The Washington Times - September 7, 2008, 06:18PM

On the drive back to the hotel last night – and before nearly ruining the rental’s new-car smell by almost running over a skunk – and thought about another new thing that doesn’t seem quite as good as it once was.

That would be Maryland’s offense, brought in by new offensive coordinator James Franklin.

SEE RELATED:


Coach Ralph Friedgen issued a rather foreboding shot in August. In a nutshell, he said he expected some growing pains and that others wouldn’t understand or be patient or tolerate some early troubles.

Deep down, Ralph probably didn’t think it would be so bad that Maryland wouldn’t win its first two games.

I asked Friedgen during his Sunday teleconference how much of Saturday’s debacle at Middle Tennessee could be pinned on adjusting to a new system, and how much would have been bad regardless of the scheme.

“I think some of it is that its new,” Friedgen said. “Sometimes you get in the heat of battle, and some things that you used to do that are different, you have a way of falling back on things. The pass that was intercepted late in the game, actually Darrius [Heyward-Bey] tripped up and the ball was thrown.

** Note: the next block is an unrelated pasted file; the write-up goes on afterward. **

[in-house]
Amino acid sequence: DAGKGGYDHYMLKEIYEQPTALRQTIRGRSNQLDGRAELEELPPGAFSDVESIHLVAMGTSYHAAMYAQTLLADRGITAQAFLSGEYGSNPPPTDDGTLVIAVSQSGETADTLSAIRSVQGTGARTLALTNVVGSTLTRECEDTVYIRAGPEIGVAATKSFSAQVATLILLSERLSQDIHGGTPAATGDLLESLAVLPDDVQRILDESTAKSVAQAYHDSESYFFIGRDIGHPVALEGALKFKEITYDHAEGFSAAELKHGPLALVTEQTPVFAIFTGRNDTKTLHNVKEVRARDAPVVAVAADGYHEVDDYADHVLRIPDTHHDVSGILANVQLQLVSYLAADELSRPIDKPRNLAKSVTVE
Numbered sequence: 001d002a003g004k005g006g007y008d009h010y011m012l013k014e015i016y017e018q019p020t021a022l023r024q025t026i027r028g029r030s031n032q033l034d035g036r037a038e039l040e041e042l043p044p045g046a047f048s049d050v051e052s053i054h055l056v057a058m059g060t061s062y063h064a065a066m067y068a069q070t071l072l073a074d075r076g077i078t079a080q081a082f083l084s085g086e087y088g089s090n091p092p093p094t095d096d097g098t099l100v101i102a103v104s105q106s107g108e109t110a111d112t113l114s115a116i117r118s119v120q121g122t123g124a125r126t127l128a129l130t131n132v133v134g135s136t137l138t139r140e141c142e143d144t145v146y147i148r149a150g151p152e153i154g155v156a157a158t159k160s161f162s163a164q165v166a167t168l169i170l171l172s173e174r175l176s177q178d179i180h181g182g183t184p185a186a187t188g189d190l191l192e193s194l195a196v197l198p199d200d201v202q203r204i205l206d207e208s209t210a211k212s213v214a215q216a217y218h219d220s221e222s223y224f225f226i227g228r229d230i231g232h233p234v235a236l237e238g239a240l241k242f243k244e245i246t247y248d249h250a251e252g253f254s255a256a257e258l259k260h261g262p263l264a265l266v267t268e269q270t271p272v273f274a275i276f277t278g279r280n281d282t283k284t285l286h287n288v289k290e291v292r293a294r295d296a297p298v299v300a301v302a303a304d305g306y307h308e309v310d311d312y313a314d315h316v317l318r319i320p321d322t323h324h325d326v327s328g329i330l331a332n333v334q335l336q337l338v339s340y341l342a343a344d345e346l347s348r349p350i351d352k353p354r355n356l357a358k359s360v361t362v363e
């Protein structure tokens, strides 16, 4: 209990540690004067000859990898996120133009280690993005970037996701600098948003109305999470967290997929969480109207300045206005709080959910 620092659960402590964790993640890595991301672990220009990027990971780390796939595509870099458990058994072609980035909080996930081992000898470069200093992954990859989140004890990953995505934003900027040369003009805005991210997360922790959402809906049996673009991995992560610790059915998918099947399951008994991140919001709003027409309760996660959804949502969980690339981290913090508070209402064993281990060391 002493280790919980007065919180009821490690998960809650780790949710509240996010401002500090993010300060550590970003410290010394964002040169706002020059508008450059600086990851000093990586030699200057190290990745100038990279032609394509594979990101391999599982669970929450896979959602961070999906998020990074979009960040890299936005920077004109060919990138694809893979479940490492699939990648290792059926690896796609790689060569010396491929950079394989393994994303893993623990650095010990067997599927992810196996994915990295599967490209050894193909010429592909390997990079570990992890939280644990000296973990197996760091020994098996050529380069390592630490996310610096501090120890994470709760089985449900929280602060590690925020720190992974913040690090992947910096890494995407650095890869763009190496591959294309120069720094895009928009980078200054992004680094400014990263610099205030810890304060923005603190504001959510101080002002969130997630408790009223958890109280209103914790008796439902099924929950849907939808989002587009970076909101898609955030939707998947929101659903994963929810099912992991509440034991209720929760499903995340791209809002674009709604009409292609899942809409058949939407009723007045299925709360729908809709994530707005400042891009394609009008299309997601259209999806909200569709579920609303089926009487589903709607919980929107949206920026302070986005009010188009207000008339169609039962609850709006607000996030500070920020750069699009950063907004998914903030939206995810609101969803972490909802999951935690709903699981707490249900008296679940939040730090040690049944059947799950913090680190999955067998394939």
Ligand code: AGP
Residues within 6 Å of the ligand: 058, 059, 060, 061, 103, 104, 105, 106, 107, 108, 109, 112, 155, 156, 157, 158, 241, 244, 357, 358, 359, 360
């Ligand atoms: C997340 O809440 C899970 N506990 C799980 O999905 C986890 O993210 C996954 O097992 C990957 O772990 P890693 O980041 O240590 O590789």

“Our split wasn’t right and we just rushed it a little bit. That’s a play we had run in the past. We have some young kids in there, some freshmen, even Da’Rel [Scott], and a lot of young kids are in there for the first time and they’re making mistakes, which is understandable.”

Some of that’s worth buying. Some of it isn’t. Notably the experience issue, and especially on offense.

Ten of Maryland’s 11 offensive starters came into the season with at least seven career starts. That’s half a season, so the “rookie mistake” argument doesn’t hold up on that side of the ball.

(Defensively, six of the Terps’ starters entered the season with little or no work in a top role.)

It’s plenty possible that in a game, older guys resort to doing what they had done for three or four seasons in the program. It’s not good and obviously not preferable, but it’s also generally human nature to revert to what you know. So that’s the sort of issue Maryland will have to work through.

But don’t go pinning the offense’s struggles on the young guys. There just aren’t enough of them playing a ton of snaps to blame for it to make even a sliver of sense.

Patrick Stevens